Whether an act of will, independence or marketing genius, the recent decision by Brooks Running-sponsored runner Nick Symmonds not to compete with the Nike-sponsored U.S. team at this month’s IAFF World Championships still has people talking.
The entrepreneurial runner earned a spot on the team that will compete in Beijing starting Aug. 22, after winning the 800 meters at the U.S. Track and Field Championships in Eugene, Ore. in June. But unlike his fellow American world championship qualifiers, Symmonds balked at signing the Statement of Conditions that would have required that he wear the designated USTAF team uniform for all team functions, while in China.
A Brooks spokesman declined to say Wednesday whether Symmonds consulted with any of the company’s executives before he went public with his decision. Nor was there any indication from the Seattle-based $500 million brand how he might be used in marketing down the line. Symmonds did not respond to a request for comment Wednesday.
In its 101st year in business, Brooks Running, a Berkshire Hathaway-owned company, has a reputation for pitching friendlier, more approachable branding than juggernauts like Nike and Adidas. Brooks’ “Run Happy” campaign includes advertising and international events. Symmonds’ independent thinking may be something Berkshire Hathaway’s chairman and ceo Warren Buffet can appreciate. A Berkshire Hathaway spokeswoman did not respond to comment Thursday.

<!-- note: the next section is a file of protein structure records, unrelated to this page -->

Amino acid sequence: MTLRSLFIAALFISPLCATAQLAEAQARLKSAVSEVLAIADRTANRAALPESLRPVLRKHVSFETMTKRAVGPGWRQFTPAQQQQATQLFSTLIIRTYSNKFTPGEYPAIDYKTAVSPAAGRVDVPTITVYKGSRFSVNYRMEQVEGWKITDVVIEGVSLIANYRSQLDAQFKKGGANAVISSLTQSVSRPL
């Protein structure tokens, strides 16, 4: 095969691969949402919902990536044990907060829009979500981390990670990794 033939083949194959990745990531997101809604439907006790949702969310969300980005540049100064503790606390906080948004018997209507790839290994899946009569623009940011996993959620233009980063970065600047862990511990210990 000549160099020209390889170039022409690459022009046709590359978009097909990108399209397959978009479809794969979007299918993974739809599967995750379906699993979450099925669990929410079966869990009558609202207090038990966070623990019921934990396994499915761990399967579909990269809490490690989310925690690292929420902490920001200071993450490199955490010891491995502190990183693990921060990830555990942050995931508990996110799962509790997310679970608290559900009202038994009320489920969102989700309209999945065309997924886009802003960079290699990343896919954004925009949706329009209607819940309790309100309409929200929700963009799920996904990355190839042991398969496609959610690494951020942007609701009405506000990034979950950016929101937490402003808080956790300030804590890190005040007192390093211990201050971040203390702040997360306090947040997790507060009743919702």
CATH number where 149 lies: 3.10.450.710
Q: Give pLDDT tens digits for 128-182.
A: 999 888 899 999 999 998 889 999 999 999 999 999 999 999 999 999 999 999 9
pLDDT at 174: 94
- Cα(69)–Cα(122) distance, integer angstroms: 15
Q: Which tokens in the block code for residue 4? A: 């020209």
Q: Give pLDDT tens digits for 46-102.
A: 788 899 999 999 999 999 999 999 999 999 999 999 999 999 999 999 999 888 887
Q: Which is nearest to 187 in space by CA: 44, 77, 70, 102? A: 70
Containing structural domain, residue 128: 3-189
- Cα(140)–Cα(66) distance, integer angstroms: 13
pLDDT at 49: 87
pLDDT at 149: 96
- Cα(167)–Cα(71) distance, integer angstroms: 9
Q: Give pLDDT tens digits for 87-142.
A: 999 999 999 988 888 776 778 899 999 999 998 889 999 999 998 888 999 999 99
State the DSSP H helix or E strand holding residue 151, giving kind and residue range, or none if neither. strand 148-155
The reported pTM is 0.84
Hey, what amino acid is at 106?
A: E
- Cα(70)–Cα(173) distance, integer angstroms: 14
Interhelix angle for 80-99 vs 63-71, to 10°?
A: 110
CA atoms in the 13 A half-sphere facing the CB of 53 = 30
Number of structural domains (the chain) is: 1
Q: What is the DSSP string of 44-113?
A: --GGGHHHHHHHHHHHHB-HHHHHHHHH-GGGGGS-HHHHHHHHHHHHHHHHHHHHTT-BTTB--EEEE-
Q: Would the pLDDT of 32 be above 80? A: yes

A Brooks spokesman said, “Central to our purpose of inspiring everyone to run and be active is supporting professional athletes in their ambition to be at the top of their game and pursue it with vigor. Core to their success are years of support that begin with parents and coaches, continue with clubs and, for those at the highest level, culminates in brand sponsorship. While we’re disappointed Nick Symmonds won’t realize his dream to represent Team USA at the IAAF World Championships in Beijing, we applaud his leadership in creating a dialogue around athletes’ rights. We will continue to support him on and off the track as a passionate ambassador for our sport and our brand.”
A Nike spokesman said Wednesday, “Nike is a proud partner and sponsor of USATF. This is a matter pertaining to the rules of the USATF National Team.”
Nike executives and its competitors would no doubt be all ears should Symmonds’ proposal for a SxSW panel be accepted for next year’s event. Before his world championship controversy kicked in, Brooks submitted Symmonds’ pitch for the annual gathering of music, fashion and culture aficionados on “The Selfish Necessity of Sports: Athlete Branding” three weeks ago. Symmonds, who penned his memoir “Life Outside the Oval Office: The Track Less Traveled” (CoolTitles) and cofounded the company Run Gum (caffeinated chewing gum for athletes) last fall, hopes to trace his stretch from a small-town Idaho runner to a six-time U.S. Champion with thousands of followers and sponsorship dollars. As a lead-up to the Olympic trials, Symmonds has promised to share how he “got to the top of the sport and the pointers he learned and used to turn himself into a brand that echoes through the world of athletics.”
Symmonds and Brooks should hear back from SxSW in mid-October. This will be his second attempt to speak at the hypermarketed Austin, Tex., event, since his 2015 talk idea did not make the cut.